Fatal car accidents caused by aggressive driving have risen over 500% in the last ten years. The worst of these road rage incidents make the news often accompanied by incredible videos of obnoxious drivers doing crazy things. Let’s analyze this road rage incident that turned physical and was caught on video and assess how both drivers could have handled the situation better. Continue reading
The New York Times published an article this week detailing how many hospitals, one of which is in Tennessee (LeBonheur Children’s Hospital in Memphis), have started suing their patients by the thousands for unpaid medical bills. Many of the patients had insurance and the hospitals were suing for deductibles and co-pays. According to the article, more than half of the reports to credit bureaus were a result of unpaid medical bills. Of course, in addition to the cost of litigation and the underlying medical bill, this affects people’s credit rating and overall financial health. Consider this from a study by the Commonwealth Fund:
43 percent had used up all their savings to pay their (medical) bills, 43 percent had received a lower credit rating as a result of their debt, 32 percent racked up debt on their credit cards, 18 percent said they had delayed education or career plans. People with lower incomes were particularly affected: 37 percent said they were unable to pay for basic necessities like food, heat or rent as a result of their (medical) bills.
Clearly, medical bills can be devastating to many families – even those with medical insurance. So how does this relate to a car accident or other injury-producing accident? Continue reading
Davidson County, Rutherford County and other area schools are already back in session, Williamson County schools start this Friday and a number of private schools start next week. Hopefully, everyone has done their summer reading and is ready. Drivers also need to be ready especially since there have been some changes in Tennessee law. Take our true or false quiz below to find out if you are an A+ driver. Continue reading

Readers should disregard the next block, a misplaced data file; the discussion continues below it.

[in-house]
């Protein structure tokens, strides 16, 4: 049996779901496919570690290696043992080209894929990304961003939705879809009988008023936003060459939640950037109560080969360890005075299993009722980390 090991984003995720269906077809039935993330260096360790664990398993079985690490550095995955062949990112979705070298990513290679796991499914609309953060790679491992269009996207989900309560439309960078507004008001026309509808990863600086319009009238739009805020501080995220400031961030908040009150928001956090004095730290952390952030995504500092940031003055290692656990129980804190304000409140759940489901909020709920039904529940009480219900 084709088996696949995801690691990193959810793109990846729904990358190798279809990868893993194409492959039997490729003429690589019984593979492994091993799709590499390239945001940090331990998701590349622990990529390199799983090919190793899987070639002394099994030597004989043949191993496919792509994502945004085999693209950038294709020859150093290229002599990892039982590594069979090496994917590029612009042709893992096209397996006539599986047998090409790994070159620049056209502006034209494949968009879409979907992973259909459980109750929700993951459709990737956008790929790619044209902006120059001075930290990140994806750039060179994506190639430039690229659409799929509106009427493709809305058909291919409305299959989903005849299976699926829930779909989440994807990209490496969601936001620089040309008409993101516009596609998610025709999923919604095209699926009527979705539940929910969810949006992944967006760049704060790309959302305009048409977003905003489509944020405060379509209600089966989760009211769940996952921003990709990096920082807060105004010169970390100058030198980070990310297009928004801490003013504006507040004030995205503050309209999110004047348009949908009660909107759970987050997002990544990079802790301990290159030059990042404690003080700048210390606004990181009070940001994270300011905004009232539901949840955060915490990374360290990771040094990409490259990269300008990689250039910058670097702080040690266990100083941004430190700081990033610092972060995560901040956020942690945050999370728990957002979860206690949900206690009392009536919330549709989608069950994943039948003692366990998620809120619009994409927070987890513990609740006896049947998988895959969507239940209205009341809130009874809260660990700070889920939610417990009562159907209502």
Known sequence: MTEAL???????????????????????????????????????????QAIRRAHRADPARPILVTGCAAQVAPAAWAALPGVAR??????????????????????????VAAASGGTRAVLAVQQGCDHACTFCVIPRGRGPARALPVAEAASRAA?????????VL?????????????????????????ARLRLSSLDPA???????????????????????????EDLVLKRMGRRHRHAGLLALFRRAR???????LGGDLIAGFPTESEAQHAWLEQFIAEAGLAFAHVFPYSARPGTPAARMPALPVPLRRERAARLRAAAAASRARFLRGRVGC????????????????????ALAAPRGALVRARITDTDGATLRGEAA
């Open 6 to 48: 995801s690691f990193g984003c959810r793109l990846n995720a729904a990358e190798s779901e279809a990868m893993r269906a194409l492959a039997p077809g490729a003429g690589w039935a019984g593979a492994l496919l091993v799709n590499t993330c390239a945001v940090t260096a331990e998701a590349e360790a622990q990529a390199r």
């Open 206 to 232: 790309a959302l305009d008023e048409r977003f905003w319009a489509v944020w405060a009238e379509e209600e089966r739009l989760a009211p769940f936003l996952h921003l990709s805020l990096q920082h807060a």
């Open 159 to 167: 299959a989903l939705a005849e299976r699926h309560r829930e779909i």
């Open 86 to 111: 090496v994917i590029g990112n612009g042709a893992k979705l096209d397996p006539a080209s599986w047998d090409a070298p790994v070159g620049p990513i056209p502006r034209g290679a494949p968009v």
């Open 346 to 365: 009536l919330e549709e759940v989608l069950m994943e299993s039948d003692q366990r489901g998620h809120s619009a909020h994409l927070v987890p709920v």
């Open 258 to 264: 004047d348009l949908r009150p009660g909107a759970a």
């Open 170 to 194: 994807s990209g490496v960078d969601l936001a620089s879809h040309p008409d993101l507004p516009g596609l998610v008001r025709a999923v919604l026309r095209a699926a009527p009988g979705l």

I know, it is summer and we should not be talking report cards. But, Allstate is out with its driving report card in which the 200 largest cities across the country are ranked based on their driving safety record. The report considers things such as claim history and the number of hard braking incidents for every 1000 miles. This year, Allstate has also identified the 15 riskiest roads based on number of accidents. So did any Tennessee cities or roads make the list? Read on to find out. Continue reading
For most Americans, the 4th of July means a day off from work filled with cookouts, the pool or lake, family, friends and fireworks. Unfortunately, it also means the day with the highest number of fatal roadway accidents. Yes, the 4th of July is deadlier than New Year’s Day or any other holiday. If you plan to be on the roadways this 4th of July, please follow these five important safety tips: Continue reading
In a recent blog post, Seth Godin wrote: “Accountability is done to you by the industrial system, by those that want to create blame. Responsibility is done by you. It’s voluntary. You can take as much of it as you want.” Seth Godin is a marketing guru and I enjoy his blog. As it relates to the legal field and the work of the lawyers at the Law Offices of John Day, I would change this post slightly: Accountability is done to you; when you do not take responsibility. Here is why I say that. Continue reading